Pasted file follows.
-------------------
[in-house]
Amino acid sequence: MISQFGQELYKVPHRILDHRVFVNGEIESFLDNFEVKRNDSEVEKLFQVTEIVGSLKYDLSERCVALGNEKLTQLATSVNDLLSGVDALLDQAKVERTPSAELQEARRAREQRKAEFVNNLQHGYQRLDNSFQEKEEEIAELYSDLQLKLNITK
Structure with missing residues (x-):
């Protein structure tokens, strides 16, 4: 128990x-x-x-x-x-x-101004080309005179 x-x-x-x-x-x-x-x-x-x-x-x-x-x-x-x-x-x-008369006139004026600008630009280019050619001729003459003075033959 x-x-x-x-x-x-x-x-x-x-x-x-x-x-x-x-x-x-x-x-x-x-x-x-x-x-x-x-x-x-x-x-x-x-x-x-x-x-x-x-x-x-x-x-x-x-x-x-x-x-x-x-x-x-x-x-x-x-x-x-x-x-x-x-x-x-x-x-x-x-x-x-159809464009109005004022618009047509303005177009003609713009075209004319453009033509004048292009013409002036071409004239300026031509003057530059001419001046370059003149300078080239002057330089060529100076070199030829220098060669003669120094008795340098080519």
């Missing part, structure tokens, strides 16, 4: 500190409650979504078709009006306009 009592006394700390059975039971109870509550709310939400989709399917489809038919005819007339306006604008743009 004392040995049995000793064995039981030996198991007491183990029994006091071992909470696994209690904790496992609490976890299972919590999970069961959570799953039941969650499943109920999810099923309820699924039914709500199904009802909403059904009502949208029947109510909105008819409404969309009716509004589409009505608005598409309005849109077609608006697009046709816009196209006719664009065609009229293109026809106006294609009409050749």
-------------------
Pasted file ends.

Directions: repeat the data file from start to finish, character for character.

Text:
[in-house]
Amino acid sequence: MISQFGQELYKVPHRILDHRVFVNGEIESFLDNFEVKRNDSEVEKLFQVTEIVGSLKYDLSERCVALGNEKLTQLATSVNDLLSGVDALLDQAKVERTPSAELQEARRAREQRKAEFVNNLQHGYQRLDNSFQEKEEEIAELYSDLQLKLNITK
Structure with missing residues (x-):
């Protein structure tokens, strides 16, 4: 128990x-x-x-x-x-x-101004080309005179 x-x-x-x-x-x-x-x-x-x-x-x-x-x-x-x-x-x-008369006139004026600008630009280019050619001729003459003075033959 x-x-x-x-x-x-x-x-x-x-x-x-x-x-x-x-x-x-x-x-x-x-x-x-x-x-x-x-x-x-x-x-x-x-x-x-x-x-x-x-x-x-x-x-x-x-x-x-x-x-x-x-x-x-x-x-x-x-x-x-x-x-x-x-x-x-x-x-x-x-x-x-159809464009109005004022618009047509303005177009003609713009075209004319453009033509004048292009013409002036071409004239300026031509003057530059001419001046370059003149300078080239002057330089060529100076070199030829220098060669003669120094008795340098080519």
């Missing part, structure tokens, strides 16, 4: 500190409650979504078709009006306009 009592006394700390059975039971109870509550709310939400989709399917489809038919005819007339306006604008743009 004392040995049995000793064995039981030996198991007491183990029994006091071992909470696994209690904790496992609490976890299972919590999970069961959570799953039941969650499943109920999810099923309820699924039914709500199904009802909403059904009502949208029947109510909105008819409404969309009716509004589409009505608005598409309005849109077609608006697009046709816009196209006719664009065609009229293109026809106006294609009409050749």